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Why Young Readers Need Real Books

From Intellectual Takeout:

A young lady I know won a Kindle in an academic contest. She is a voracious reader. In eighth grade, she enjoys Austen, Chesterton, Lewis, and Wodehouse, among many others. A trail of books seems to follow her everywhere she goes.

Her parents, wary of potential negative effects of screens on growing minds, would have preferred that their daughter not own a Kindle, at least not for a few more years. Since it was a prize well earned, however, they acquiesced.

The young lady continued to read paper books, but the Kindle came in handy for outings (no more scrambling to find enough books to bring along) and reading in bed (no book lamp needed). Not wanting to spend money, she searched for books in the public domain, and was delighted to discover that the Kindle gave her access to some old books by her favorite authors—books that local libraries no longer carried on their shelves.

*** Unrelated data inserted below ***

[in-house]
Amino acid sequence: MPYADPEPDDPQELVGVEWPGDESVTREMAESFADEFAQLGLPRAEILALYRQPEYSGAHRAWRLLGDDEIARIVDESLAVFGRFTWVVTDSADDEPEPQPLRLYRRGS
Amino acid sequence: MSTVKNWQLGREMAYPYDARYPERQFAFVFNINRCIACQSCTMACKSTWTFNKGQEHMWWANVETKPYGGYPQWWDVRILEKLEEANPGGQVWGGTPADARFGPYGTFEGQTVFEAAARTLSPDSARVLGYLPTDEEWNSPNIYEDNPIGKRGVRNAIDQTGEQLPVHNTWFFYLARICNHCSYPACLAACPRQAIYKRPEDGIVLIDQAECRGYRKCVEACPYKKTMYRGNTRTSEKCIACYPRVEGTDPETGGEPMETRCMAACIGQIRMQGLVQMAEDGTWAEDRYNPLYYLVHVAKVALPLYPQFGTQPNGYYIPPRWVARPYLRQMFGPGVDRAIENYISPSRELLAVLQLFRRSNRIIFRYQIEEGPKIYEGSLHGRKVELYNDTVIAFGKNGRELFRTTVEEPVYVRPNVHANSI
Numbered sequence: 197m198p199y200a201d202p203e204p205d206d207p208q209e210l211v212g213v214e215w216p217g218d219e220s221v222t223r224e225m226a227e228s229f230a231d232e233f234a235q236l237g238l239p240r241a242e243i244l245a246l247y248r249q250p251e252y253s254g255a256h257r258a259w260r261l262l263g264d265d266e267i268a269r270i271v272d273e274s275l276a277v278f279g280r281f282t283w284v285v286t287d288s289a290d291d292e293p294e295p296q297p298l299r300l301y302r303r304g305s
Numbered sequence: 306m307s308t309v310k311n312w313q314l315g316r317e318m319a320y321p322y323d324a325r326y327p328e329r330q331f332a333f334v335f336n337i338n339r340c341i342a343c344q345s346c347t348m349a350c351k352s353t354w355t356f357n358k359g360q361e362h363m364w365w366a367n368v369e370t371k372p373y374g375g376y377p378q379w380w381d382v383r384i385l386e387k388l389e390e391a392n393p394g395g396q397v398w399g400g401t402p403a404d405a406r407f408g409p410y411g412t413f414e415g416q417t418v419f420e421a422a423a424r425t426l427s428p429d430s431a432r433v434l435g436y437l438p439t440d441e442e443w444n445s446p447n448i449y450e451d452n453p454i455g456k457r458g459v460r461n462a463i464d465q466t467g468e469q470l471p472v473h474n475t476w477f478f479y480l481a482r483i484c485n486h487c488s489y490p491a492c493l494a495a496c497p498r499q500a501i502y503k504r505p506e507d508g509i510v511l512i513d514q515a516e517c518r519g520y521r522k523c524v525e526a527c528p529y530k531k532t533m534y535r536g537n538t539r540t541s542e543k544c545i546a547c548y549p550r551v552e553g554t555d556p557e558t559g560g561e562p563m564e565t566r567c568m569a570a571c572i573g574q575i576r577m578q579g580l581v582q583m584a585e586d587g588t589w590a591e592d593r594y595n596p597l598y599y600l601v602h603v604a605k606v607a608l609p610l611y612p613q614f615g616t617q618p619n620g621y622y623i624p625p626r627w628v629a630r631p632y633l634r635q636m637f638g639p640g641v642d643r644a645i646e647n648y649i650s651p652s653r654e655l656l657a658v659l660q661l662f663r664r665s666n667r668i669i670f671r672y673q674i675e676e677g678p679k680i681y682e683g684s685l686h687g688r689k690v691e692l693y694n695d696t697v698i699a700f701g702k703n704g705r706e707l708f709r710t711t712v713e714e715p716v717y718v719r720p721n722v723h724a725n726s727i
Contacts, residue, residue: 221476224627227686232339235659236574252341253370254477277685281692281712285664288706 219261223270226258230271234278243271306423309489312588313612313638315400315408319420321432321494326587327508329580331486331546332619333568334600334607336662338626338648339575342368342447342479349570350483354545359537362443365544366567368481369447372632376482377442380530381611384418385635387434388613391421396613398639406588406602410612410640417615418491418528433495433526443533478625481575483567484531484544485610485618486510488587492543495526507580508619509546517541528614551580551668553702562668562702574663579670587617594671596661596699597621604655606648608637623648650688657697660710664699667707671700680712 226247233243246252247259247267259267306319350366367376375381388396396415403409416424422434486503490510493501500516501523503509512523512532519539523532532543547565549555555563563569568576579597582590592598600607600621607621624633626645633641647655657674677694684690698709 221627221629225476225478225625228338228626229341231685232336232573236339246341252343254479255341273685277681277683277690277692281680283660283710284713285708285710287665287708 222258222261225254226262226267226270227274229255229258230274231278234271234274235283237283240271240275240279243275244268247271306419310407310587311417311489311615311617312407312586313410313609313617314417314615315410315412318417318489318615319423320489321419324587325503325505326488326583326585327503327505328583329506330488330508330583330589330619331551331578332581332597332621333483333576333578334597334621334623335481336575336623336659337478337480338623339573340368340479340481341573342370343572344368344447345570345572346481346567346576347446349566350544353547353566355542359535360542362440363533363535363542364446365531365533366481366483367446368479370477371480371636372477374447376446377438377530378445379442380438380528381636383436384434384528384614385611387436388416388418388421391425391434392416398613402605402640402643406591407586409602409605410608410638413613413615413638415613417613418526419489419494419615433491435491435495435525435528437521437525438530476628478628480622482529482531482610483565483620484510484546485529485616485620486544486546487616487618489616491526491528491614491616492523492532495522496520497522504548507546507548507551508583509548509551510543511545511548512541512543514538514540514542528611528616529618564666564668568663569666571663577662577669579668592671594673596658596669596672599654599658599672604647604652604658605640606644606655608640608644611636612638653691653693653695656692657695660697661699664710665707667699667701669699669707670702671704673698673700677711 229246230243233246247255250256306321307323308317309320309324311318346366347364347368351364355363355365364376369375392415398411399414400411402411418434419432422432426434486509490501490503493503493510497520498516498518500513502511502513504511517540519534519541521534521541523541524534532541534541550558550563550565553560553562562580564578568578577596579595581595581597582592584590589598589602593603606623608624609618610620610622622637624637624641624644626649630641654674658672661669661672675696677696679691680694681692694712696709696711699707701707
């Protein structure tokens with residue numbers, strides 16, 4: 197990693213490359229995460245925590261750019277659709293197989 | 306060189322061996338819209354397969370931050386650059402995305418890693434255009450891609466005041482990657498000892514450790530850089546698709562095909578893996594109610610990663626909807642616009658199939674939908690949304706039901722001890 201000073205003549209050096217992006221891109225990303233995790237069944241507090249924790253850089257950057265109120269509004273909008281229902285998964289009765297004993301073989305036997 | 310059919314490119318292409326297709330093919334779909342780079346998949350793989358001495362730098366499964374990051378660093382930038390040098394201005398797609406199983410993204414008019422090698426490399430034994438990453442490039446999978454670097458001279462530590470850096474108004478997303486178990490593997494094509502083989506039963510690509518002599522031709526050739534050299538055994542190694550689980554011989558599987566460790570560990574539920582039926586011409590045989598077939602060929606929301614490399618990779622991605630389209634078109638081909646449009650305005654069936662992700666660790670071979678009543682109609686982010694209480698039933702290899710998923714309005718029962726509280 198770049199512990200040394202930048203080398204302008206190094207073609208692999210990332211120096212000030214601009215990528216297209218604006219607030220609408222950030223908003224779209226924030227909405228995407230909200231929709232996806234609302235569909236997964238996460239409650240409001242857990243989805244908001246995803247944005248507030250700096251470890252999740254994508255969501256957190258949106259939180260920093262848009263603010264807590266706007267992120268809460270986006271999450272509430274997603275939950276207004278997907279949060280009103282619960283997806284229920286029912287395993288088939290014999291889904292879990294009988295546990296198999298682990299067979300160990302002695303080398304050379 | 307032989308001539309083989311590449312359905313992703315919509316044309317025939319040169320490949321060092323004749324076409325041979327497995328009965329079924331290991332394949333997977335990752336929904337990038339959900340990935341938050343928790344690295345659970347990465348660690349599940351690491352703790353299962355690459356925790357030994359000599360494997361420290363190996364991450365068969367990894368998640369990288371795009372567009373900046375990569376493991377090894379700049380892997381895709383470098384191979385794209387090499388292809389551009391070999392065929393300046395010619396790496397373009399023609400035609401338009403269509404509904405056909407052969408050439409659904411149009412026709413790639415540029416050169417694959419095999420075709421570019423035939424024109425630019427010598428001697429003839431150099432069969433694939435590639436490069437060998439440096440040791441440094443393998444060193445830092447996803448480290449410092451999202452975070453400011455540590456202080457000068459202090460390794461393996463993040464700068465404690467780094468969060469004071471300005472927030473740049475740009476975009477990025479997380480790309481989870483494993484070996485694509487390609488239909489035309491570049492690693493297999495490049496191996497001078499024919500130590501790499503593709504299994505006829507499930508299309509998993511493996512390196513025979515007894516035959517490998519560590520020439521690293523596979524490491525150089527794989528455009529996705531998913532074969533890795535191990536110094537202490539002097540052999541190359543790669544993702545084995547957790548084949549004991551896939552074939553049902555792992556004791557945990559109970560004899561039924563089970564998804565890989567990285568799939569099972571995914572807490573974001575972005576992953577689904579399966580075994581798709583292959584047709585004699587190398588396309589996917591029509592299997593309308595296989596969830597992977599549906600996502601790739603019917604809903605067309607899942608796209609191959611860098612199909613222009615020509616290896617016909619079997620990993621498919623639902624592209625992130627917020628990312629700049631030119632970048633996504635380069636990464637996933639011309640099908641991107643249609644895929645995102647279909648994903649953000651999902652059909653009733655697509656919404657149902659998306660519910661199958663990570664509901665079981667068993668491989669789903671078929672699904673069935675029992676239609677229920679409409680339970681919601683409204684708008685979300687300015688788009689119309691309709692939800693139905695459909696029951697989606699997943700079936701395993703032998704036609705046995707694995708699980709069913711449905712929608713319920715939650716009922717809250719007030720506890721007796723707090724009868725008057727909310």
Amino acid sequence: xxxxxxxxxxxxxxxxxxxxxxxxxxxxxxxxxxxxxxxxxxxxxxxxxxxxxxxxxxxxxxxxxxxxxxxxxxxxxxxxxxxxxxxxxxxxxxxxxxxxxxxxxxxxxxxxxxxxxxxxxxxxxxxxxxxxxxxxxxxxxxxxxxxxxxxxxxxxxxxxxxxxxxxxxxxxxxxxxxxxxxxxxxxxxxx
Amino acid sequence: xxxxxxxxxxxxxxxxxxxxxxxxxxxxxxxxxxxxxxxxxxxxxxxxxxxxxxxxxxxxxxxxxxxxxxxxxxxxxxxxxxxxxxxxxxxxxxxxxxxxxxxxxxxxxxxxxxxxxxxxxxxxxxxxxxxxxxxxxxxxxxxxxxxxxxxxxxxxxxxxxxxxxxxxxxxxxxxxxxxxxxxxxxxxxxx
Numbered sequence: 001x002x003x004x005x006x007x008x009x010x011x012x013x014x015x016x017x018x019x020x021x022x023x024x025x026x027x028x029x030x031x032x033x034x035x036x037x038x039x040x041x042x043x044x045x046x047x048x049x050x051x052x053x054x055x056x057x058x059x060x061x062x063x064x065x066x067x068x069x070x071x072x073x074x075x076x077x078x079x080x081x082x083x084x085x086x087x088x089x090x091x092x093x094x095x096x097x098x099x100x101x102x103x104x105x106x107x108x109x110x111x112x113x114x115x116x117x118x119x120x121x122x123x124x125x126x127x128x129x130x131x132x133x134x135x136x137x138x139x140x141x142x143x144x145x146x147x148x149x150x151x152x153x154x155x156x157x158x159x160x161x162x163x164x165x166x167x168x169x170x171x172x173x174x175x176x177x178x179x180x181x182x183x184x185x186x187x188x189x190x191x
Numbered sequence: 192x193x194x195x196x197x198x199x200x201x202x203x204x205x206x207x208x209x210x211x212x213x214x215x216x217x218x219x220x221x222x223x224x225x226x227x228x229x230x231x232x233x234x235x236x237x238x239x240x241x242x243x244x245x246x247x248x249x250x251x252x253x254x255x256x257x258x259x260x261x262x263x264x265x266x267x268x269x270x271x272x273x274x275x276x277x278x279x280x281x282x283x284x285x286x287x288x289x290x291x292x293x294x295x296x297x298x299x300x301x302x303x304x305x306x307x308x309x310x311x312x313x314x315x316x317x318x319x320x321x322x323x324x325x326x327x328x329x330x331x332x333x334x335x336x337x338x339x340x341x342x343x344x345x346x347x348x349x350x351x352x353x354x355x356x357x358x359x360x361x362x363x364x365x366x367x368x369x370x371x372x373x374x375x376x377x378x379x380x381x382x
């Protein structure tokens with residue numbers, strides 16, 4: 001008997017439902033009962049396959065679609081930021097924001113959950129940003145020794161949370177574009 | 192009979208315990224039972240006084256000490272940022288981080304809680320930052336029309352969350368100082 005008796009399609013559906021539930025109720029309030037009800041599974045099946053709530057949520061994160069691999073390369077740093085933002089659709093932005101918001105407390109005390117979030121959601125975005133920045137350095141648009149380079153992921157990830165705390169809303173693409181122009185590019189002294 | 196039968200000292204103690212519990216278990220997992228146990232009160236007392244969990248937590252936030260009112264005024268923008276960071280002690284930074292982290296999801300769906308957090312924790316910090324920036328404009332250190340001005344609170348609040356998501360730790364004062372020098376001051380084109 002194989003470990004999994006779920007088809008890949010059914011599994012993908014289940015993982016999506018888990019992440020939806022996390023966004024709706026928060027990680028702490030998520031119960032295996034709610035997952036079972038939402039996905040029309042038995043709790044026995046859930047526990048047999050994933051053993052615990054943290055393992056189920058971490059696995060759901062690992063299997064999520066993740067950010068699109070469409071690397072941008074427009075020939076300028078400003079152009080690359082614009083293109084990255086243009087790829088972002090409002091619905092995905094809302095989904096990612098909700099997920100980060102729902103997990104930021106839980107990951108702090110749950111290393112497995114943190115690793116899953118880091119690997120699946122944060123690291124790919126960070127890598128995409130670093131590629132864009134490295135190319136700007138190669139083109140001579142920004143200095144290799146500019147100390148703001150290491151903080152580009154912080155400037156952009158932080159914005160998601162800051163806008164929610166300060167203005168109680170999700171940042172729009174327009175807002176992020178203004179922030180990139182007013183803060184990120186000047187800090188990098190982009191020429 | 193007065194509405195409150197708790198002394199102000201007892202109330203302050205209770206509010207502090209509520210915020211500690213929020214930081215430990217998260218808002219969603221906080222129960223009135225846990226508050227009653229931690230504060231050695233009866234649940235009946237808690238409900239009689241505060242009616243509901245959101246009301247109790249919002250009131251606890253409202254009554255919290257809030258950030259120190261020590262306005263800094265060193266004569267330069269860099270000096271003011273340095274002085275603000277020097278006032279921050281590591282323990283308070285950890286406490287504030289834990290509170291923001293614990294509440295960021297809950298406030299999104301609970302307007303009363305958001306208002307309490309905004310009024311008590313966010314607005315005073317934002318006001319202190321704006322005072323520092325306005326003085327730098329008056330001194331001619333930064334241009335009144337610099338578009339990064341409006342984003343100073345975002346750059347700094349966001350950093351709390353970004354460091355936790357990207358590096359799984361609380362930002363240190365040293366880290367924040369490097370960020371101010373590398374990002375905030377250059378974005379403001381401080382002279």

All in all, it seemed like a wholesome approach to integrating technology, and so her parents were surprised when, several months later, their daughter announced that she wanted to sell her Kindle.

“For the first time in my life,” she explained, “I’ve noticed that I’ve had to read lines two or three times in order to understand them, because I’m distracted. There are so many things I can do with the Kindle. I can make the font bigger, or change the contrast, or highlight and save a passage. There are so many choices, so many things to fiddle with, that I lose track of the story. It’s becoming a habit that is carrying over into my real books, too.”